The FRESHFARM FoodPrints program at SWS integrates gardening, cooking, and nutrition education into the curriculum at SWS. Utilizing organic vegetable gardens, healthy and delicious recipes, and hands-on projects, our expert educators get our students excited about growing, preparing, and enjoying real food. Using fresh produce from our markets and from our school garden, we teach children to create delectable meals from nutritious ingredients. We build on DCPS and Common Core standards, bringing math, science and social studies to life with an engaging curriculum and a unique in-school FoodPrints field trip model at SWS.
Responsive Classroom is a research- and evidence-based approach to education that is associated with greater teacher effectiveness, higher student achievement, and improved school climate. Teachers incorporate practices designed to make the classroom more stimulating, challenging, safe, and happy. You will see evidence of RC practices in our classrooms through: daily Morning Meetings (which includes a greeting, student sharing, movement activities, and reading the morning message); guided discoveries that provoke children to look closely at their environment; and positive teacher language that proactively sets students up for success and guides them to find intrinsic value in the process of learning. Our classrooms are physically arranged to fit the developmental needs of the children and be conducive to safe, challenging, and joyful learning. We also give special attention to the first six weeks of school as an important time for establishing community. Taking the time to build a solid foundation in the early weeks of school leads to a year of increased student motivation, cooperation, responsibility, and self-control.
Medically Fragile Support Program
SWS is home to two medically fragile classes, one for PK3/4 and another for K-2. Students who are medically fragile due to chronic health issues and who also have severe cognitive disabilities receive services and supports to address their intellectual, physical, socio-emotional, and medical conditions. Up to eight students can be assigned to each classroom and the students are in their own self-contained classroom rather than part of the inclusion model of education in which all other children at SWS participate. The self-contained classroom provides the least restrictive environment for these children to access their educational needs successfully. Students participate in a functional academics curriculum and the classrooms are staffed with their own certified Special Education teachers and one assistant. Some children may have an extra educational assistant assigned to them as well.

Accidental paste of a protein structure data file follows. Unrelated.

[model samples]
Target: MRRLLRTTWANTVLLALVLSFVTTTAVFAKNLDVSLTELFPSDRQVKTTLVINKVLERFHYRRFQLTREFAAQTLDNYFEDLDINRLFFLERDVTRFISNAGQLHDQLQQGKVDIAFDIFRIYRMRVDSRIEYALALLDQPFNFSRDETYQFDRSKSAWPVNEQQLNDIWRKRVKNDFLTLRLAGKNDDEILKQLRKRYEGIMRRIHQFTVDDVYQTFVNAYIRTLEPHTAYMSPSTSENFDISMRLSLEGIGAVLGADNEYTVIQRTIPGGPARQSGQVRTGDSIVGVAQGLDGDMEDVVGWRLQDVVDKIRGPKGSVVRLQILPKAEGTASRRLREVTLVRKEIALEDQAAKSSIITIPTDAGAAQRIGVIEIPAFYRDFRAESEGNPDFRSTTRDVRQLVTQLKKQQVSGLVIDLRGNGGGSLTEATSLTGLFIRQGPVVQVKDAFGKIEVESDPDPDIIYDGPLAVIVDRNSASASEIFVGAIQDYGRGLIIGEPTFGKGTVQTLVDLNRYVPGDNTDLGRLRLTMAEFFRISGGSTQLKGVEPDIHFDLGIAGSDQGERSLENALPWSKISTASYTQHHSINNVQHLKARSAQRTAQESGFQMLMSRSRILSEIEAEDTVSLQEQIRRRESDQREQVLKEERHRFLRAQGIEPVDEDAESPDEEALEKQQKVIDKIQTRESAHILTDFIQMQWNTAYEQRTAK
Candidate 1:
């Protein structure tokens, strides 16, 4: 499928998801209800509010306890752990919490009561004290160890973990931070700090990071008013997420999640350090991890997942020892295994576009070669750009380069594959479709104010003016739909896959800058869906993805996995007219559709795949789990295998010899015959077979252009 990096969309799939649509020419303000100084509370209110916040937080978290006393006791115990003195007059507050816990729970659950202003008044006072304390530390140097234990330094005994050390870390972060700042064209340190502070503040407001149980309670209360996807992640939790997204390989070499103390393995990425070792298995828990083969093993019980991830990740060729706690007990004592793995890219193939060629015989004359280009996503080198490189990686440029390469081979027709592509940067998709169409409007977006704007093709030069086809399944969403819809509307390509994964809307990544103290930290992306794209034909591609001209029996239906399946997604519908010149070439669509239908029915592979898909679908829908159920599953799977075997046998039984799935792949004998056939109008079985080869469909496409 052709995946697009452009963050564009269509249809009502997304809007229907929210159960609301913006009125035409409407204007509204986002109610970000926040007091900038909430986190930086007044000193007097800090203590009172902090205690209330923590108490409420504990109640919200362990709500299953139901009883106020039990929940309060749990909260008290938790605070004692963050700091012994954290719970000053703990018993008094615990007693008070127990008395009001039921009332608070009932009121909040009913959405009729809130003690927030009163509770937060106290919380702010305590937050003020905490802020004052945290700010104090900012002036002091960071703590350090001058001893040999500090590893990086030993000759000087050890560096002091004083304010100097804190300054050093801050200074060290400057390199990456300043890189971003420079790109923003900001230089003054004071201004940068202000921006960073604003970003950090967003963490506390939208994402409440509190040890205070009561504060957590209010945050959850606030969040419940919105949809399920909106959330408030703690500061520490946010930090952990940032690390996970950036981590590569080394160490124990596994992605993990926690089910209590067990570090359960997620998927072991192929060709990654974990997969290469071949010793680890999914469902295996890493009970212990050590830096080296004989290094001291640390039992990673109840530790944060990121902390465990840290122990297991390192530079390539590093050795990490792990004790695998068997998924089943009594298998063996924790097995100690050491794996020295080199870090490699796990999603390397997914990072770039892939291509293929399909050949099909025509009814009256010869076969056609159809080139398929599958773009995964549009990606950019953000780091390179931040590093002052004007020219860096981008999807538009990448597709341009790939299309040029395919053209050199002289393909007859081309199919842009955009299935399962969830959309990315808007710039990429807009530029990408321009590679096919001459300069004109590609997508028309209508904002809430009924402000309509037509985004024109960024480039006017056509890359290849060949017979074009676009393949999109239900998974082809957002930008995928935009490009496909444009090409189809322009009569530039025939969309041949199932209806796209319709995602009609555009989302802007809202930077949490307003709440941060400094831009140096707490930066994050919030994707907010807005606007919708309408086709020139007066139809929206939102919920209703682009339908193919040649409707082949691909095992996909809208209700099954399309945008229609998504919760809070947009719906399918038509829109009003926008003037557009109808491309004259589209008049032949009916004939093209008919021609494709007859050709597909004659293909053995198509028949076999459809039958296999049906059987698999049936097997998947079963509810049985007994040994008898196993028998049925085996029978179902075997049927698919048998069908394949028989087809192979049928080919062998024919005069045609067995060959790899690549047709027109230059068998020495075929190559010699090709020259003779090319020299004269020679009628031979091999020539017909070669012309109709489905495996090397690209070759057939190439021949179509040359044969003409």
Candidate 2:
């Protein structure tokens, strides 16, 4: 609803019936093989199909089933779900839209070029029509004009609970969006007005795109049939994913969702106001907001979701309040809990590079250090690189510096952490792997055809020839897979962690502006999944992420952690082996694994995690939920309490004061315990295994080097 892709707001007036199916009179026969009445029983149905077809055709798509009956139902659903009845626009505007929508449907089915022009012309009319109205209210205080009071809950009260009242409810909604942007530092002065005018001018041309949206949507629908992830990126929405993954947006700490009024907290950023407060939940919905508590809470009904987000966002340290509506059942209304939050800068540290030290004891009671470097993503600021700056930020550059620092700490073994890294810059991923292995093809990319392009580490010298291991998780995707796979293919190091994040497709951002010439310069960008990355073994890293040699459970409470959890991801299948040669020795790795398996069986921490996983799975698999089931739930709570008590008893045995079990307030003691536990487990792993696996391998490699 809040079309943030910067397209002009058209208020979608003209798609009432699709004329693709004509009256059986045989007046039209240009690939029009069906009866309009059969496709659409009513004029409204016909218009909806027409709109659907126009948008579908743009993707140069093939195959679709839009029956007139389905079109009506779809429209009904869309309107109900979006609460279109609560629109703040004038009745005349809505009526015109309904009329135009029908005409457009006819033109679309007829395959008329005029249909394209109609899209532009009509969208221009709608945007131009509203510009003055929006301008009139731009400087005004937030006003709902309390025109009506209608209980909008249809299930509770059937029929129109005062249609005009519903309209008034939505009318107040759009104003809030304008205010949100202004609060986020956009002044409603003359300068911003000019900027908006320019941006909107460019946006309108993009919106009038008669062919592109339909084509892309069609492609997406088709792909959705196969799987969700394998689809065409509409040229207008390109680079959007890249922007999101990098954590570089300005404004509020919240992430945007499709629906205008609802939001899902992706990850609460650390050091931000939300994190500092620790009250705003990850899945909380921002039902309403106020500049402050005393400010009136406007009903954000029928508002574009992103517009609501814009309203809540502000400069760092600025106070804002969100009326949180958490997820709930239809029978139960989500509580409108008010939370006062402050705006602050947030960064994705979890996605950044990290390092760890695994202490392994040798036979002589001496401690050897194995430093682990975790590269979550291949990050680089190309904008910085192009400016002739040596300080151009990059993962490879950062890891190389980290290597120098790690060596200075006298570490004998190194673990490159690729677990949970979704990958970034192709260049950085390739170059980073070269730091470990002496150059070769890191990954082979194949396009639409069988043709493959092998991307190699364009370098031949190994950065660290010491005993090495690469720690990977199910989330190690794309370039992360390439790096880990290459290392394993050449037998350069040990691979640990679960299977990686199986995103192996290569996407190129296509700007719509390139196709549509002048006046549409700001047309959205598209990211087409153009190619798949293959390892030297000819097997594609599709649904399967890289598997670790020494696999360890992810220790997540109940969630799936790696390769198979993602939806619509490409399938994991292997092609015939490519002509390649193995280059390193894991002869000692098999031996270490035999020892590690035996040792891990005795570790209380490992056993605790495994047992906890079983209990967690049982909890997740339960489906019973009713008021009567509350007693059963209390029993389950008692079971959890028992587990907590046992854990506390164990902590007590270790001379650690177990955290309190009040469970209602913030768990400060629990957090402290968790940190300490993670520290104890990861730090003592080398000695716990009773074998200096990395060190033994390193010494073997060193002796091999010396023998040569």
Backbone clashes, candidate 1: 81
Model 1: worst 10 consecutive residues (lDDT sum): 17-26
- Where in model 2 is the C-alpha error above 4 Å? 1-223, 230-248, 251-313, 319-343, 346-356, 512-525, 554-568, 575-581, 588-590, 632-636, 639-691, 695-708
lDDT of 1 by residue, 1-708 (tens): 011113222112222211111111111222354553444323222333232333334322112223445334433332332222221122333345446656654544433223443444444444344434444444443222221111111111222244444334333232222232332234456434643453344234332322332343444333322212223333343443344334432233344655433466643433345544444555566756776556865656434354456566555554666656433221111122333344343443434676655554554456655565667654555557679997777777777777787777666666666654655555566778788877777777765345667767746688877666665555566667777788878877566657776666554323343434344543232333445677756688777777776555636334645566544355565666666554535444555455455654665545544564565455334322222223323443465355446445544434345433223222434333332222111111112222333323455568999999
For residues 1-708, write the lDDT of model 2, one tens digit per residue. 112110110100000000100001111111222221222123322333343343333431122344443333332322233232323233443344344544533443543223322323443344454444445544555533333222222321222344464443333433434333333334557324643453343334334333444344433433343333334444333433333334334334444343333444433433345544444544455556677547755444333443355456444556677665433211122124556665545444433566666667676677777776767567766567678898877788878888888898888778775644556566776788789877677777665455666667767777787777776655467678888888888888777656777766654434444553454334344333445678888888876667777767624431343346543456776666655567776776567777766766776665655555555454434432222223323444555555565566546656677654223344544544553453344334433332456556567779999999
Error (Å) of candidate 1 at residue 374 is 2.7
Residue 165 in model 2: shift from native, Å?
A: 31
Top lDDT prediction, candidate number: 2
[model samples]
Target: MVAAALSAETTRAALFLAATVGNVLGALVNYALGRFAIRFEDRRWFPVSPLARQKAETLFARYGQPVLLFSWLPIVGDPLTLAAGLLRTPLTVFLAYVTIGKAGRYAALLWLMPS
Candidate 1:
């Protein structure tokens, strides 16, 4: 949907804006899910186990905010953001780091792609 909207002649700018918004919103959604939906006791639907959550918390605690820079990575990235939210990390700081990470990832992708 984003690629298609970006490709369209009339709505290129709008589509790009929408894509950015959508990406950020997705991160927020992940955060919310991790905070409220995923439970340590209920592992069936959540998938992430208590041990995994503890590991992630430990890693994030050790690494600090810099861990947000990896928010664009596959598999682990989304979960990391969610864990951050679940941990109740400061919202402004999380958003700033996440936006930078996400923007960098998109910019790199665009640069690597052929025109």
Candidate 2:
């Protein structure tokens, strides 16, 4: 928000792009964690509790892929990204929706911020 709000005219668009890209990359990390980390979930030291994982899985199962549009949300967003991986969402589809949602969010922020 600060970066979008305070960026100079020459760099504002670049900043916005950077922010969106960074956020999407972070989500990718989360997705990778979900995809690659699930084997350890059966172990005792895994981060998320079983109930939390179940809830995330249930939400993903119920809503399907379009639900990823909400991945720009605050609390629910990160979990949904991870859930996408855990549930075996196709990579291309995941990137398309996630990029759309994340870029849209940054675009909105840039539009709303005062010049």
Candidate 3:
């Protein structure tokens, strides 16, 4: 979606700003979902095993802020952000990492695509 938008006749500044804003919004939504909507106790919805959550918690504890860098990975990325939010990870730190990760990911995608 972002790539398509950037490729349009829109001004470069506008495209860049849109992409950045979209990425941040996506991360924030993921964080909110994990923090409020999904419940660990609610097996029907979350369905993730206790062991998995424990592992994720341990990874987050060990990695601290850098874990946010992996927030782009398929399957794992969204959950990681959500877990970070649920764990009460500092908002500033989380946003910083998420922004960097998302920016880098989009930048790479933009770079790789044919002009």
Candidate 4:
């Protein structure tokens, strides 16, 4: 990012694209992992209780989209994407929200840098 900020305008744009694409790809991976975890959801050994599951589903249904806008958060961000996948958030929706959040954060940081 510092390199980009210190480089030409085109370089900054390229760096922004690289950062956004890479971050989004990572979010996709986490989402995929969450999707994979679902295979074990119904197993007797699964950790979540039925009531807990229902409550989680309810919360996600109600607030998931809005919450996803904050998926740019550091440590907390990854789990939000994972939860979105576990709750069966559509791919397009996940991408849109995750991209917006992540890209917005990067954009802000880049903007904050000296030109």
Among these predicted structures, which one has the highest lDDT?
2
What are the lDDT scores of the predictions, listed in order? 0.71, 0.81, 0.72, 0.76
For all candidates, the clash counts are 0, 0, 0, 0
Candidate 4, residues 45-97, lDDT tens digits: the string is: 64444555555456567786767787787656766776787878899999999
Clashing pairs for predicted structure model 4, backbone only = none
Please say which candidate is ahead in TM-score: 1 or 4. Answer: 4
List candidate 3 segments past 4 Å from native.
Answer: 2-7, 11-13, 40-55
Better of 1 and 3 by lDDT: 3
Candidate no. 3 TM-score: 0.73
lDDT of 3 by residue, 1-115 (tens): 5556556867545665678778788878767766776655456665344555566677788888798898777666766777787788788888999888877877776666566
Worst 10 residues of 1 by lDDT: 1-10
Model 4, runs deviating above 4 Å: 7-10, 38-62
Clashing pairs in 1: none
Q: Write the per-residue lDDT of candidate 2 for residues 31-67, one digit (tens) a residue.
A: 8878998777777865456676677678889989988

Each teacher hosts regular community meetings with their students. Classroom community meetings build positive relationships, both student-to-student and student-to-teacher. During a community meeting you will see students making “appreciations” in support of kind acts, making “requests” to address social conflict, singing songs, and practicing moments of peace and silence. Teachers respond to the needs of their class community and discuss social topics such as conflict resolution, creating open friendships, and how to “slow down your motor.”
Monthly, the entire school community comes together each month for an all-school community meeting. The meetings come at the end of a month-long exploration of a student-created community question, such as “How can we help ourselves be calm so we can be kind?” and “How can we take care of our world?” Students throughout the school think about the community question then come together to share their ideas. Read more about SWS community meetings.